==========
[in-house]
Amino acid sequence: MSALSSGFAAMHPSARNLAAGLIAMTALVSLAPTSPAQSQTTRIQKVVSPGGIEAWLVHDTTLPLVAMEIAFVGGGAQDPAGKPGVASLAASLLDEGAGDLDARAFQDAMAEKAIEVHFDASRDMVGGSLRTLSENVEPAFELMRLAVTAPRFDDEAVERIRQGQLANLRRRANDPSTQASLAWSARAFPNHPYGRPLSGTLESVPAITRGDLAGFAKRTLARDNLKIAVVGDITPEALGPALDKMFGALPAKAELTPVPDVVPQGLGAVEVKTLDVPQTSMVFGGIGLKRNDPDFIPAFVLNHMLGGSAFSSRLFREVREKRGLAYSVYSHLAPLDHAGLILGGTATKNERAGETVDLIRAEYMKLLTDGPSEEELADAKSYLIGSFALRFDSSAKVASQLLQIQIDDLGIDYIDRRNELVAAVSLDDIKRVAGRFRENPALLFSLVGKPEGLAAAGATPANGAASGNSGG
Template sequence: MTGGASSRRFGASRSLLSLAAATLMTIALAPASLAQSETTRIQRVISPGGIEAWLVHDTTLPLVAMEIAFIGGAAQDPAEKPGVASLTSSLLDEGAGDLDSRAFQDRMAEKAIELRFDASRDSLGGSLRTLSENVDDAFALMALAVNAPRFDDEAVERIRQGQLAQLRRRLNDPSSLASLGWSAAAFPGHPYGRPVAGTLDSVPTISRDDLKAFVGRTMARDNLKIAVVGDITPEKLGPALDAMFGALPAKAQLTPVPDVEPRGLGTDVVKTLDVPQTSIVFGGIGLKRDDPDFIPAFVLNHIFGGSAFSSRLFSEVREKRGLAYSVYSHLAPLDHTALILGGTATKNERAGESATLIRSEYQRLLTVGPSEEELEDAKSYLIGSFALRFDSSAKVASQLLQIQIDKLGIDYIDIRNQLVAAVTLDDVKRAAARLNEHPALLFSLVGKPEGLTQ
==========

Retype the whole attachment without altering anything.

[in-house]
Amino acid sequence: MSALSSGFAAMHPSARNLAAGLIAMTALVSLAPTSPAQSQTTRIQKVVSPGGIEAWLVHDTTLPLVAMEIAFVGGGAQDPAGKPGVASLAASLLDEGAGDLDARAFQDAMAEKAIEVHFDASRDMVGGSLRTLSENVEPAFELMRLAVTAPRFDDEAVERIRQGQLANLRRRANDPSTQASLAWSARAFPNHPYGRPLSGTLESVPAITRGDLAGFAKRTLARDNLKIAVVGDITPEALGPALDKMFGALPAKAELTPVPDVVPQGLGAVEVKTLDVPQTSMVFGGIGLKRNDPDFIPAFVLNHMLGGSAFSSRLFREVREKRGLAYSVYSHLAPLDHAGLILGGTATKNERAGETVDLIRAEYMKLLTDGPSEEELADAKSYLIGSFALRFDSSAKVASQLLQIQIDDLGIDYIDRRNELVAAVSLDDIKRVAGRFRENPALLFSLVGKPEGLAAAGATPANGAASGNSGG
Template sequence: MTGGASSRRFGASRSLLSLAAATLMTIALAPASLAQSETTRIQRVISPGGIEAWLVHDTTLPLVAMEIAFIGGAAQDPAEKPGVASLTSSLLDEGAGDLDSRAFQDRMAEKAIELRFDASRDSLGGSLRTLSENVDDAFALMALAVNAPRFDDEAVERIRQGQLAQLRRRLNDPSSLASLGWSAAAFPGHPYGRPVAGTLDSVPTISRDDLKAFVGRTMARDNLKIAVVGDITPEKLGPALDAMFGALPAKAQLTPVPDVEPRGLGTDVVKTLDVPQTSIVFGGIGLKRDDPDFIPAFVLNHIFGGSAFSSRLFSEVREKRGLAYSVYSHLAPLDHTALILGGTATKNERAGESATLIRSEYQRLLTVGPSEEELEDAKSYLIGSFALRFDSSAKVASQLLQIQIDKLGIDYIDIRNQLVAAVTLDDVKRAAARLNEHPALLFSLVGKPEGLTQ